and stock splits). Name the spreadsheet tab with the data “data”.
1. Make a time plot (line plot in Excel) of the monthly price data over
the period (end of Jan 2004 through Jan 2019. Please put informative
titles and labels on the graph. Place this graph in a separate tab
(spreadsheet) from the data. Name this tab “graphs”. Briefly comment
2on what you see (e.g. price trends, etc.); you can comment within the
(a) If you invested \$1,000 in Jan 2004, what would your investment
be worth in Jan 2018?
(b) What is the compound annual rate of return over this period assuming
annual compounding? (Hint: what is the geometric average
annual rate for the 15 year investment?)
2. Make a time plot of the natural logarithm of monthly price data over
the entire and place it in the “graph” tab. Comment on what you see
and compare with the plot of the raw price data.
(a) Why is a plot of the log of prices informative? (Hint: what is the
slope between two time periods?)
3. Using the monthly price data over the period in the “data” tab, compute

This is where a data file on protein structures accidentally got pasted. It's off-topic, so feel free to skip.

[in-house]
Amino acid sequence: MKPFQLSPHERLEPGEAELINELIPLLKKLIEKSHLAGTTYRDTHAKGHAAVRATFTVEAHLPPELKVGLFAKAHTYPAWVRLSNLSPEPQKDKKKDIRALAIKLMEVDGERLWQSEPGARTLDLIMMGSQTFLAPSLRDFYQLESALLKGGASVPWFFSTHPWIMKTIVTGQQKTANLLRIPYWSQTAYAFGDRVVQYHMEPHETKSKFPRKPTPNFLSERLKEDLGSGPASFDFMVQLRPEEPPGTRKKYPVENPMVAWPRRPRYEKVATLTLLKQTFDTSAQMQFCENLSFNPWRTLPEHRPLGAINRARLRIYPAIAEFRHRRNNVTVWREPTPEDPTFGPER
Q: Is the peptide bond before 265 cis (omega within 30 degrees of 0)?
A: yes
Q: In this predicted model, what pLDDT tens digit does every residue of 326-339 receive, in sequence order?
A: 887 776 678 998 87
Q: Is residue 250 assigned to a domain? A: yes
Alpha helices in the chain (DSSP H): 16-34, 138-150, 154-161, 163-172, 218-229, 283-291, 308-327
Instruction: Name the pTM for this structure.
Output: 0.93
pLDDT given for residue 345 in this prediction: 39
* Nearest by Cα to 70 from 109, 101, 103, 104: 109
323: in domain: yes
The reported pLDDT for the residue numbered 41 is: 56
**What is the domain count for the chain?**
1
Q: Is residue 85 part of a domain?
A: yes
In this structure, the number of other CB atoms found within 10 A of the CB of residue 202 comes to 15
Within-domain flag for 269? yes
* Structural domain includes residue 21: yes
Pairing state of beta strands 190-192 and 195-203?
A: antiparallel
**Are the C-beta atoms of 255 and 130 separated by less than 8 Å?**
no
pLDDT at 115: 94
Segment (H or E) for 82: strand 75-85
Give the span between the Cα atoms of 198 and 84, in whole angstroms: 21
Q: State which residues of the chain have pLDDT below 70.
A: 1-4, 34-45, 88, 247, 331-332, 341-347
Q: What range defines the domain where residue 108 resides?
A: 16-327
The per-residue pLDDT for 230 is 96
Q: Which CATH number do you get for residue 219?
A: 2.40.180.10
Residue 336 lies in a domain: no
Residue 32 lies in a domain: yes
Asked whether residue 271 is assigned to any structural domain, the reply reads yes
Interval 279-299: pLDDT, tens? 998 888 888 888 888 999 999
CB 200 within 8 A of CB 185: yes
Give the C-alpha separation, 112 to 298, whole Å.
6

simple monthly returns (assume Starbucks did not pay a dividend
over this period). When computing returns, use the convention that
Pt
is the end of month closing price. Make a time plot of the monthly
returns, place it in the “graphs” tab and comment. Keep in mind that
the returns are percent per month and that the annual return on a US
T-bill is about 0.5% right now.
4. Compute simple annual returns for the years 2004 through 2019 (note:
there are easy and hard ways to do this). Make a time plot of the
annual returns, put them in the “graphs” tab and comment. Note: You
may compute annual returns using overlapping data or non-overlapping
data. With overlapping data you get a series of annual returns for every
month. That is, the first month annual return is from Jan, 2004 to Jan,
2005. The second month annual return is from the Feb 2004 to Feb
2015 etc. With non-overlapping data you get a series of 15 annual
returns for the 15 year period 2004:Jan - 2019:Jan. That is, the annual
return for 2004:Jan - 2005:Jan is computed from the data of Jan 2004
through Jan 2005. The second annual return is computed from the Jan
2005 through Jan 2006 etc.
5. Use the monthly data over the full period to compute continuously
compounded (cc) monthly returns and place them in the “data” tab.